Nosaj Thing hasn't disappointed me yet. How many artists can you say that about and truly mean it? It's equally rare to find an artist that you stick with throughout their entire career because the records, the body of work is an ever-evolving glance of the infinite through their eyes. OK, maybe not, but that's part of what's so attractive about the kinda' music Nosaj Thing makes: It's universal. It's electronic, though seemingly including an audible collage of digital and analog machinery. His compositions render soundscapes that encompass many forms. This is especially true on Fated. While his music is symphonic, Nosaj manages to splice and weave differing genres together so fluidly through this dreamy symphonic framework . The whole LP just rolls, like an image of waveforms. There is nothing anthemic or poppy , so if that's what's you're seeking, I would suggest lookin' elsewhere. This is music for the audibly-challenged: Music addicts like you and me who listen to so much shit we're constantly seeking new musical territory to sink into and explore.
Welcome to Fated - listening to this LP has been thought-provoking and meditative - what a great record should be...
"Cold Stares" is a piece of wicked future r&b. The humming bassline, the soaring horn-like sound, the soulful dip and sway of the groove. Hmmm. The cyphers at the tail of the track are deeper than I thought upon first listen, so give it a couple. There's poetry there, and I hit repeat at least 2-3 times when that song comes on during the review process. "Ski" kicks the LP off summoning Holy Other, with serene synths just stirrin' the low-end at a constant ripple. Then sharp transient synth stabs travel across the soundstage with ethereal synths weaving in and around the other elements. "Don't Mind Me"s steals a bit from James Blakes style (not a bad thing) using these hovering, speedy broken-vocal samples, soundin' like small bleepy percussion during the intro. The pounding broken-beats of "Realize" made me throw my hands up like I was on the dancefloor, and I loved every minute of it. "Erase" thumps. The sound is immediate and flowy, which is also a part of the bigger picture here. The LP ebbs and flows naturally, making it a pleasure to play from beginning to end. With wonderfully dark, minimal tracks like "A" (also soundin' a bit like earlier Holy Other) sandwiched between two bangin' clicky ambient tracks like "Medic" and "Phase IV", the dynamic contrast provides a captivating looking glass into the theme for most of this record.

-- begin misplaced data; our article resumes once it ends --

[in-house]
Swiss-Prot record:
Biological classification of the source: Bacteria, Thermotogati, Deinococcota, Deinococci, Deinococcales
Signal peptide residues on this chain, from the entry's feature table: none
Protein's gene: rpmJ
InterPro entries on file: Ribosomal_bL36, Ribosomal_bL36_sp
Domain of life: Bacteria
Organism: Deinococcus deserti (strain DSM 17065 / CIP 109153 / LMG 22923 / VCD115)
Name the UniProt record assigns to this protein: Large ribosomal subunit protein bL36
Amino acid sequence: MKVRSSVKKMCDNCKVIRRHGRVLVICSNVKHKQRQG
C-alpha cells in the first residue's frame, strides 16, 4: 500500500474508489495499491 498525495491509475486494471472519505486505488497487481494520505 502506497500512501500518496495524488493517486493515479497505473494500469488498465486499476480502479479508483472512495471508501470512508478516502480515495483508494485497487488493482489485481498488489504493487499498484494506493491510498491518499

Fated belongs, IMHO , amongst the company of other albums that comprise the fine art of studio-recorded electronic/experimental music. Timeless albums like Aphex Twins' I Care Because You Do, Photeks' Form and Function, and Goldies' most-appropriately-titled Timeless to name a few. And "Moon" is a shining example of the brilliance in Fated. The damn song is a minute long, but it engages so many different styles of music from its core: Which is electronic - that when it's over I feel like I've been listening to it for three minutes! "2K" the closing track, is, for me, like hearing and feeling early-mornin' beams of sun-light through the windows of the warehouse party, as all of us on the dancefloor raise our hands in unison to give it up to Jah, and then its time to get the fuck DOWN again. The bass rolls in like a subway, trackin', and zips on through the soundstage amongst these panning synth pads and stabs, as well as other atmospheric samples, creating this sort-of cosmic vibe. At one point there's this consistently ascending synth that grows as the intensity of the low-end increases. There's always an interesting juxtaposition of triggered sounds that create these enveloping sonic landscapes, and Nosaj Thing has a masterful handle on dynamic contrast, so the multitude of sounds blend seamlessly in some of his greatest compositions. The tonality is velvety throughout Fated - as all the tracks, while they're not the most complex pieces of electronic music, sometimes the sheer beauty is found in simplicity. I could listen to "2K" over and over again, especially at dawn or dusk. It's the track they pick in the soundtrack during the epiphany scene. The protagonist has spent the whole movie on this wild journey - and it ends with a revelation on the beach at sunset. That's what the building energy of "2K" feels like to me. Now, I tend to keep these kinda records real damn close, so I imagine it's needless to say that I highly recommend it. But for those readers who skip to the last couple of sentences to get the drift of a review (yeah, been there) at least you'll see that! Seriously, I think it just became my favorite Nosaj Thing record! And I decided that right when I typed it just now. Check it out if it seems like you'd feel music like this.
Nosaj Thing did somethin' else with this LP, somethin' that more of us should practice in our every-day: He completed it. I know that may sound ridiculous, and certainly obvious- but it's a splendid experience, listening to Fated from beginning to end. So many LPs today are just filler with a couple of cool tracks, if you're lucky. My tip of the cap to Nosaj Thing for keeping to his vision. Keep em rockin'! Because this record is just plain dope... ;)
System used during listening sessions:
MacBook Pro Retina SSD / Amarra Symphony
SubPac S2 SoloSub
Audeze LCD-2 & EL-8 open-back planar headphones
Wired w/ Double Helix Cables : Hifi-M8 to SubPac, SubPac to Audeze EL-8/LCD-2
Wywires Litespd Digital Platinum Series from USB to Hifi-M8
PS: I also reviewed Home, his last LP, for Positive Feedback
- check it out